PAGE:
Good science fiction has always been about examining some aspect of the human condition in a new and different way, based on the perceived realities of a universe with new and different rules. Christopher Nolan’s latest opus “Interstellar” keeps this tradition alive with a story where love and devotion meet the dimension of time–and maybe some others–in ways not seen before.
The story opens in a new American dustbowl where it is made clear that the days of earth’s ability to feed its population are numbered. Chief protagonist Cooper –we never hear his first name- is a farmer, but had formerly been a test pilot for NASA, thought to be defunct, but now operating underground. He is mysteriously directed to a secret base where he becomes involved in an ongoing project to find a new home for earth’s inhabitants on the other side of a wormhole that has appeared near Saturn. While there is plenty of astrophysical gobbledygook in the film, respected theorist Kip Thorne was a producer on the project, and keeps the plot true to the principles of time dilation from Einstein’s special relativity. In fact, this is the artifice upon which the whole story depends, and by inference, and some specific dialogue, the resultant perception of time the artifice upon which the human story in general depends.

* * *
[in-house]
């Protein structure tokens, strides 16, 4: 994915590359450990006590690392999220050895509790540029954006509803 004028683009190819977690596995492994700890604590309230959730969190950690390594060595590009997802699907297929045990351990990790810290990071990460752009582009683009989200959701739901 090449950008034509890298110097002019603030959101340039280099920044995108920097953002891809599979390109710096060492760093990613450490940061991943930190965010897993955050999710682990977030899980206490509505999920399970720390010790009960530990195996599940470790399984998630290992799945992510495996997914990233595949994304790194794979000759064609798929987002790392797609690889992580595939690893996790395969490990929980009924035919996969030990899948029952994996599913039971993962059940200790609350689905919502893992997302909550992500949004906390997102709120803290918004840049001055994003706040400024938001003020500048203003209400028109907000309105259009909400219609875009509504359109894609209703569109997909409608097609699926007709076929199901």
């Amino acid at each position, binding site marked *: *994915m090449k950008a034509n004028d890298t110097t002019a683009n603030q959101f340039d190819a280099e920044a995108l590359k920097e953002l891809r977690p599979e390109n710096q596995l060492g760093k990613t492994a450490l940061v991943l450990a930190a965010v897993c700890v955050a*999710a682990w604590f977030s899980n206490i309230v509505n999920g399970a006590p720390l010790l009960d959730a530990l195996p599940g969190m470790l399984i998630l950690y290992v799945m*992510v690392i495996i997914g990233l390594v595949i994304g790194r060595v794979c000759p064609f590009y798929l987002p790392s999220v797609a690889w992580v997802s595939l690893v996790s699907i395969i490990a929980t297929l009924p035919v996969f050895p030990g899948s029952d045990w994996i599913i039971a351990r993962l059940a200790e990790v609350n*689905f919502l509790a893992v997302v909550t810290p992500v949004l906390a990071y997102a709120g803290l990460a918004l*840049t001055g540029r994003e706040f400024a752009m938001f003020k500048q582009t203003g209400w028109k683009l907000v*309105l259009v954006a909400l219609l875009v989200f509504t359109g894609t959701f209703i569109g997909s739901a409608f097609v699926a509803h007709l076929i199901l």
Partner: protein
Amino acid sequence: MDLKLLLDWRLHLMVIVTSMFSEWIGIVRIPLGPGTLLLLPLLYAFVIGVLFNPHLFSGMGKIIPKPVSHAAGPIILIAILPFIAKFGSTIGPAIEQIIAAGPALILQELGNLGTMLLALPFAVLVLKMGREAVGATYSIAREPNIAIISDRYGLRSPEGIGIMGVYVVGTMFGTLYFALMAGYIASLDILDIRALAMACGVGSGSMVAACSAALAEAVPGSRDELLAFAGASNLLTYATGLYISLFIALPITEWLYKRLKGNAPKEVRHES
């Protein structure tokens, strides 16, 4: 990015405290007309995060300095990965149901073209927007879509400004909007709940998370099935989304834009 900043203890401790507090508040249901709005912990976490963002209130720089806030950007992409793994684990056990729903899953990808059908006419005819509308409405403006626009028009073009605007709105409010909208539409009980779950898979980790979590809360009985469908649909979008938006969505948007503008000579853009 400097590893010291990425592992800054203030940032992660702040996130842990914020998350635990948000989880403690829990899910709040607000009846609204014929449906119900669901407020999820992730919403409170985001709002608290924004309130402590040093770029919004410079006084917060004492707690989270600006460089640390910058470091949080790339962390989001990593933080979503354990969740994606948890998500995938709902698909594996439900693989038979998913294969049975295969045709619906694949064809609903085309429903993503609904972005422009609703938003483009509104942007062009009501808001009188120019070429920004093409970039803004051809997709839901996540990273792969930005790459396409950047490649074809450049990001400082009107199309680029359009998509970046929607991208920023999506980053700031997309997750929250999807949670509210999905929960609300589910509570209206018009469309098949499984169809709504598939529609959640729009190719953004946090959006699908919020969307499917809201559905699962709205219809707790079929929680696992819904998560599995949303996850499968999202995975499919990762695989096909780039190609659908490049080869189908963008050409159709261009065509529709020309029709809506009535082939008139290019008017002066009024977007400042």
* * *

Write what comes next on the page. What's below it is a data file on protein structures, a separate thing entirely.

Matthew McConnaughey is pitch-perfect with his portrayal of Cooper, and to go with it, you get great performances from Anne Hathaway, Jessica Chastain, and Michael Caine …The picture is stunning in the way “Gravity” was, and the apocalypse on Earth is a refreshing change from the thousand Mad Max variations we’ve seen. With the processing power available to directors these days, it’s easy to make a movie like “Interstellar” that amazes…It’s harder to make one that engages. It hasn’t been done like this since Kubrick.